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Ok, Everyone! Let’s Crucify!

January 28, 2010

The main dude in Baka no Test gets crucified in the latest episode.

There isn’t much in the world that’s funnier than crucifixion.

I’ll rephrase that ever so slightly: There isn’t much in the world that’s funnier than inexplicit crucifixion. Christ dying for our sins isn’t funny. Spartacus getting it for leading a slave revolt isn’t either. Mikuru getting crucified due to Haruhi’s gleeful sadism is funny. It’s hilarious. It makes life worth living.

I’ll chalk it up to my iconoclastic nature. I enjoy seeing things deconstructed. I like it when something that’s upheld as sacred or untouchable or whatever is turned on its head or rendered meaningless. Even when it’s something that I consider important. I’m down with that.

This is why I get a kick out of scenes like Yuuji and Mikuru getting crucified. These scenes take something that’s held sacred by many people, the visage of a person being crucified, and remove all of the symbolism and meaning behind that image in order to turn it into a sight gag. Mikuru squealing for help as she’s tortured on the cross is no different from Bugs Bunny pulling a prank on Elmer Fudd or Spongebob shaking his foamy ass at Squidward. The sacred has been made absurd. Insert laugh track here.

My favorite example of this, from an anime, comes from Sailor Moon. Here’s a show targeting elementary school girls. Sure, they fight monsters and stuff, but it’s pretty harmless. Then, BAM!, you see Sailor Mercury and the other Sailor Senshi dangling from crystal crosses.

What’s awesome about this is how the target audience and the creators likely see no religious symbolism in this. They know the image of Christ n the cross, but it has no meaning to them other than “that looks painful.” It isn’t a gag shot like in Baka no Test or Haruhi-Chan, it’s a serious image depicting suffering that’s lacking in the connotation a typical gaijin dog like myself expects. This image is just as hilarious as the previous ones because not only has a symbol been rendered “impotent,” but also because people will try to read far too much into such symbology. This isn’t a matter of Christian symbolism at work, this is a matter of  “it’s cool to see Mercury being crucified,” and that fact will be lost upon many viewers. Call me an asshole, but I find considerable humor in such misunderstandings.

My attitudes are reflected in Alejandro Jodorowsky’s movie Holy Mountain. Despite the movie’s pretentious-seeming style and allusions to alchemy, astronomy, drug use, metaphysics, and what have you, the movie is a comedy at heart. It takes all of this religious and philosophical imagery, combines it with a certain attitude that you’d only be able to find in the 60’s and 70’s, and turns it into a brilliantly absurd piece of comedy. In the above scene, the main character, The Thief, is carrying a cross down the road for the amusement of American tourists. The scene takes place in a small South American town, and it’s rifting on the idea that the well-to-do who claim to be “understanding” of the poor and destitute in third world countries are really just looking down upon their “uncivilized” manners and are just as much a part of the imperialistic attitudes of their homelands regardless of what they might say. The scene does this not by preaching or anything like that, it does this by creating a parody of the people it’s condemning.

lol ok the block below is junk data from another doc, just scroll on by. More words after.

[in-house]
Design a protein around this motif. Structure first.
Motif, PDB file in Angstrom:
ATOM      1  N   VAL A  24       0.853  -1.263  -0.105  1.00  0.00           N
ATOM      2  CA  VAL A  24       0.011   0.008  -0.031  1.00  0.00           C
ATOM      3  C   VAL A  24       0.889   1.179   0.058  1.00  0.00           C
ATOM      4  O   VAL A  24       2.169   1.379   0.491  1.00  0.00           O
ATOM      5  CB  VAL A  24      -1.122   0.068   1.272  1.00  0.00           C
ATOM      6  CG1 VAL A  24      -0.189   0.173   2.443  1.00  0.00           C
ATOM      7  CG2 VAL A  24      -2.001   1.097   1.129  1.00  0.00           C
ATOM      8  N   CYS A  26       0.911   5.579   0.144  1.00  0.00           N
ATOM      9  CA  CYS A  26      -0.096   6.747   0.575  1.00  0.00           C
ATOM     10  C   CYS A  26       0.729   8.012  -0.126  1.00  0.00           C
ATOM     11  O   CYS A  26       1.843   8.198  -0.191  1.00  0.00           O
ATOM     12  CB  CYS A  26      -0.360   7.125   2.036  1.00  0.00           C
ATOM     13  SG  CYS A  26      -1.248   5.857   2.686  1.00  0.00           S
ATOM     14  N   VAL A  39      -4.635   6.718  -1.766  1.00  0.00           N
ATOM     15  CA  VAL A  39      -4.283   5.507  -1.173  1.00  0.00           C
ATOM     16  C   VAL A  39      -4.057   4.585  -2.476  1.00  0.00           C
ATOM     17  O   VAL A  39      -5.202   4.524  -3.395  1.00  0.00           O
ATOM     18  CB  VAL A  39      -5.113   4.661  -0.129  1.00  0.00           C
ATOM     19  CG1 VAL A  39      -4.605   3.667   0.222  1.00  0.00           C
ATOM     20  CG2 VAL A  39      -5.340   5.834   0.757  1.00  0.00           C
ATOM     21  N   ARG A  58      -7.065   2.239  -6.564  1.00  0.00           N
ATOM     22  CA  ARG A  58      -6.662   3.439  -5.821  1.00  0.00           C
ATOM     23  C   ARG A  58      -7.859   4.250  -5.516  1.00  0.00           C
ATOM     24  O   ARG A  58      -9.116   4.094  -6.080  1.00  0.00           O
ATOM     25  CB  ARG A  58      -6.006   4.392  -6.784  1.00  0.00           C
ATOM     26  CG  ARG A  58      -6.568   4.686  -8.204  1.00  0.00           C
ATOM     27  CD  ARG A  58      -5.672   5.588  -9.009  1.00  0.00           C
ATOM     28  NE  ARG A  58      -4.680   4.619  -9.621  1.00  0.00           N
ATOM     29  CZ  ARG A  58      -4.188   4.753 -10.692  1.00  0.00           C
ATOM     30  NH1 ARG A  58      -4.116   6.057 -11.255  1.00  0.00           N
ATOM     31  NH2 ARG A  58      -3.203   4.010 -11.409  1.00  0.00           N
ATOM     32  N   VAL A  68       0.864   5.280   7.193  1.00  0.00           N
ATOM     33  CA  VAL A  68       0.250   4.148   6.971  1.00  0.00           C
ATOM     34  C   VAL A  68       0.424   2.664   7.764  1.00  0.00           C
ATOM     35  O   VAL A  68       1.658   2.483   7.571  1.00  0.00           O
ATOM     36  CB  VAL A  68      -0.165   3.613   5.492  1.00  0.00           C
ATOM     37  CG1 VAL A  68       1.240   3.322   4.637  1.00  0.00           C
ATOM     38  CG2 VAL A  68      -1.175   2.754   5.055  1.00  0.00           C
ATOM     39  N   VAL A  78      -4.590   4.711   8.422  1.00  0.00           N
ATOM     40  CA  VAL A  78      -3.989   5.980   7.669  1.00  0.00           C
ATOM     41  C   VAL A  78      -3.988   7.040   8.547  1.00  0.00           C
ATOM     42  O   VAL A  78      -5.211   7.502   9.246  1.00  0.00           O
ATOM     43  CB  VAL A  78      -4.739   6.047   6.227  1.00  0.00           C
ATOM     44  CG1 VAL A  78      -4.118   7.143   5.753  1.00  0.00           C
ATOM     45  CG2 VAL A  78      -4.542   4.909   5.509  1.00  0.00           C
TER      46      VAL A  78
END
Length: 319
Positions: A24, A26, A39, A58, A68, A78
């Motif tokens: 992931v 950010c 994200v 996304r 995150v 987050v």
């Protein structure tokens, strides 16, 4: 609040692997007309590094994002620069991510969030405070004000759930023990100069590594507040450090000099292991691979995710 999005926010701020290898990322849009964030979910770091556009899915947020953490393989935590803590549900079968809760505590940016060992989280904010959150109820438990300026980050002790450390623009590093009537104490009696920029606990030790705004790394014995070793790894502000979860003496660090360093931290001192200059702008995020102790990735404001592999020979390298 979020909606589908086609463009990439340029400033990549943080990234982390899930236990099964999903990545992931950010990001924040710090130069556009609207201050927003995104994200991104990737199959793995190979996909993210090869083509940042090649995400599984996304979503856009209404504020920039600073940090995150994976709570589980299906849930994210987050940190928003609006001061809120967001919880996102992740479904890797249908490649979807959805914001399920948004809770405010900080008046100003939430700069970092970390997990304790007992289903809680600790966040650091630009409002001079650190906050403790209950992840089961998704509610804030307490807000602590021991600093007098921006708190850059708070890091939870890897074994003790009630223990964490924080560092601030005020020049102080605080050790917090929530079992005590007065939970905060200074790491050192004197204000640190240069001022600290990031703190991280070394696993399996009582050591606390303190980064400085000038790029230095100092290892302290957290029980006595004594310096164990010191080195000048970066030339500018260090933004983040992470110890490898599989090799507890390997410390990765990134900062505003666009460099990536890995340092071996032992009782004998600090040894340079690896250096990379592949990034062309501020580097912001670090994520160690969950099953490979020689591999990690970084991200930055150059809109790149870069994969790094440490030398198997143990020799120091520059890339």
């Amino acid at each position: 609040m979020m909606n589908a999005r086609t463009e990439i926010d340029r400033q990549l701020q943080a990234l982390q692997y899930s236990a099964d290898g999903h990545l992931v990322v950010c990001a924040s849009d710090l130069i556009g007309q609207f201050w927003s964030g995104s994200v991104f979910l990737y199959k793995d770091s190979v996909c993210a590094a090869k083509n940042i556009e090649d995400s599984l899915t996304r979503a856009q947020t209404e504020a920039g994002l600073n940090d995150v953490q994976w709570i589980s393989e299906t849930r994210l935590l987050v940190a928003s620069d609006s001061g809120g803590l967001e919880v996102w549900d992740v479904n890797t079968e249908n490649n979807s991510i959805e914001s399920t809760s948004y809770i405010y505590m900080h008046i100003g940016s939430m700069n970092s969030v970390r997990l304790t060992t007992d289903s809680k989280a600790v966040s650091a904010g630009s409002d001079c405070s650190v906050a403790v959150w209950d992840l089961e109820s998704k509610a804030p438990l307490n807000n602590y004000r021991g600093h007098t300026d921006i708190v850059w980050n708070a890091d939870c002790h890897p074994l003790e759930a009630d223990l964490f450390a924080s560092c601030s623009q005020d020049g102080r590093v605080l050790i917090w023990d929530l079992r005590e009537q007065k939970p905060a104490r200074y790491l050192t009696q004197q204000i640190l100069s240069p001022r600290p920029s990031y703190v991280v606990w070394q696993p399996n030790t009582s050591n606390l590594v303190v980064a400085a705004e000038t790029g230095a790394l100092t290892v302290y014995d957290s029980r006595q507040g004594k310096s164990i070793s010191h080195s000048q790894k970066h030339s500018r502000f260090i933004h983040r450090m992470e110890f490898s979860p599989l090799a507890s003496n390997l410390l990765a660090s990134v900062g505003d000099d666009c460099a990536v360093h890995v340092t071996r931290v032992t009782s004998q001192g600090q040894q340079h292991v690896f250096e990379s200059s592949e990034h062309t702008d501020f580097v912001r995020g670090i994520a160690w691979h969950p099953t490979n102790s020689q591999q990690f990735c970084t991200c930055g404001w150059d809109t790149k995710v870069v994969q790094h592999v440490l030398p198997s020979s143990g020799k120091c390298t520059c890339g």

That scene segues into a bit where a drag queen dressed as the Virgin Mary and her Roman centurion henchmen get The Thief drunk so they can make paper mache copies of him posed as Christ to sell to the imperialist dogs seen before. The scene climaxes with “Mary” holding the seemingly dead Thief/Christ and feeding him a bottle of tequila like a mother feeding a baby a bottle of milk to nurse him back to life.

All of this is played for laughs. Sure, it’s getting at all sorts of ideas or whatever, but at no point is any of this serious. Holy Mountain becomes increasingly absurd as it progresses and leaves no room for any other interpretation. You can dig at deeper meaning, but that doesn’t take away from the fact that you’re supposed to laugh at seeing the cross turned into a crass commercial product made by the third world for consumption by the first world. It’s meaning has been robbed just as much as it was with Mikuru.

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